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The Catholic Study Bible A special version of the New American Bible, with a wealth of background information useful to Catholics.

An Outline of John

The plot of the Fourth Gospel follows a pattern of descent and ascent. Jesus comes into the world from the Father seeking “his own,” those who will believe. Then, Jesus confronts the world. His ministry divides believers from unbelievers. The hostility of unbelief leads to the “hour” of his crucifixion, which John treats as an exaltation. Jesus returns to the glory that he had enjoyed with the Father from the beginning. The Gospel is clearly divided into two parts: first, the account of Jesus' confrontation with the world, which many scholars refer to as the “book of signs” (chapters 1 through 12 ); and second, the account of Jesus' return to the Father when the destined hour arrives, referred to as the “book of glory” (chapters 13 through 20 ).

  • Prologue ( 1, 1–18 ). A hymnic section introduces us to Jesus as God's Word, which has come into the world.

  • The Book of Signs ( 1, 19–12, 50 ). Jesus' confrontation with the world represents God's judgment against unbelief. This section falls into two parts:

    Gathering Witnesses to Jesus ( 1, 19–4, 54 ). Jesus demonstrates his glory to disciples and others who will believe in him before the confrontation with unbelief begins.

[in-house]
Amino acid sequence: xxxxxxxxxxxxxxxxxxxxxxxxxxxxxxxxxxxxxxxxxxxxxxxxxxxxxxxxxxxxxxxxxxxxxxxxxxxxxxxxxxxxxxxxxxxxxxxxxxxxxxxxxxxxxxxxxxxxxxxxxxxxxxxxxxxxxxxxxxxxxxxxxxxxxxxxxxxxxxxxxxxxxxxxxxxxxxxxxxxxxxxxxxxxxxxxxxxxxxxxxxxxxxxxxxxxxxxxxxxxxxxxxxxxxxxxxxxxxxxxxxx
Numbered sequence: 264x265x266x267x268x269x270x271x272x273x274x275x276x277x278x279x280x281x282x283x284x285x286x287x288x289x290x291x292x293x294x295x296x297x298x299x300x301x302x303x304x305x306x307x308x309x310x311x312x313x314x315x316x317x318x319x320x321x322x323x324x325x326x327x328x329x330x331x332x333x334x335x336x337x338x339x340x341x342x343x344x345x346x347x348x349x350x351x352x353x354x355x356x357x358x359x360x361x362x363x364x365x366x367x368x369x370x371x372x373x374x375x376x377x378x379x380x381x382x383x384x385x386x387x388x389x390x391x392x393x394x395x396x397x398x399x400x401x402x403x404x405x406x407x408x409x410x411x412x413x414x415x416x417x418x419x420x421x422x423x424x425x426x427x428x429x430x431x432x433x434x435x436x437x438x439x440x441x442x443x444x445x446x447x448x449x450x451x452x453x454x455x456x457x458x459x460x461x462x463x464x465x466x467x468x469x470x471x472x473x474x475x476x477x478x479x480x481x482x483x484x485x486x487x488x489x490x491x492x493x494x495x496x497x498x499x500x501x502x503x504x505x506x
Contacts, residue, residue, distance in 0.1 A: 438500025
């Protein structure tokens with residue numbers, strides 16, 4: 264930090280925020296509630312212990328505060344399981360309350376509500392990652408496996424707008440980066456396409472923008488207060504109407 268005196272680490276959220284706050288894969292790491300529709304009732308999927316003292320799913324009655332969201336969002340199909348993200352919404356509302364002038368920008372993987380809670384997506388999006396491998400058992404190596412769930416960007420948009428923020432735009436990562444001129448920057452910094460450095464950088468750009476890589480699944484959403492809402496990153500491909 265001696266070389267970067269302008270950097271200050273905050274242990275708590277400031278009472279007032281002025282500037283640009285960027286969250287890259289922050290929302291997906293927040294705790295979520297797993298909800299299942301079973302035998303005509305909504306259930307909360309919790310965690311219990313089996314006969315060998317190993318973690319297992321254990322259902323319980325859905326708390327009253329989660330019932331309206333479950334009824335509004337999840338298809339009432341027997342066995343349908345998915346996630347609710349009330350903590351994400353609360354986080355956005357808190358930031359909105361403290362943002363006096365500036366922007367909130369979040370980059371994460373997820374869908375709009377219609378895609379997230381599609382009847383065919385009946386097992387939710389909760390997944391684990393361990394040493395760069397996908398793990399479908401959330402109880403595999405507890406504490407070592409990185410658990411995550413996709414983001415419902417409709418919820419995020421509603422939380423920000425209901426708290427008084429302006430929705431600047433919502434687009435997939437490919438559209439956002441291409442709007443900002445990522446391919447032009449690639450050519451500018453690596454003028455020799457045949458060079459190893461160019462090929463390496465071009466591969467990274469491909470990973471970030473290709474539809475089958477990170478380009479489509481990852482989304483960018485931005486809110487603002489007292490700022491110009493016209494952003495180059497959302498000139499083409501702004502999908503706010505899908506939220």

Confrontation with the World ( 5, 1–12, 50 ). The light has come into the world for judgment. Jesus confronts those who refuse to believe with testimony to his divine origin.

  • The Book of Glory ( 13, 1–20, 31 ). Jesus' whole life has been moving toward the hour of his glorification and return to the Father. This section falls into two parts:

    Preparing the Disciples for the Hour ( 13, 1–17, 26 ). At the Last Supper, Jesus delivers lengthy discourses about his return to the Father and its meaning for the disciples.

    Jesus' Arrest, Crucifixion, and Resurrection ( 18, 1–20, 31 ). John understands the crucifixion as the moment of Jesus' life‐giving exaltation and return to the Father.

  • Epilogue: Resurrection Appearance in Galilee ( 21, 1–25 ). Second conclusion reports further appearances of Jesus and points toward the destiny of two leading disciples, Peter and the Beloved Disciple.

Now it is time to read through the Gospel. You will find it easy to pick out the symbols and the sharp divisions between characters in the story. Remember that John wrote to encourage faith in Jesus as Son of God, because that faith is the source of eternal life. What happens to faith in each episode? Why do some characters move toward a more complete faith in Jesus while others pull away and become hostile?

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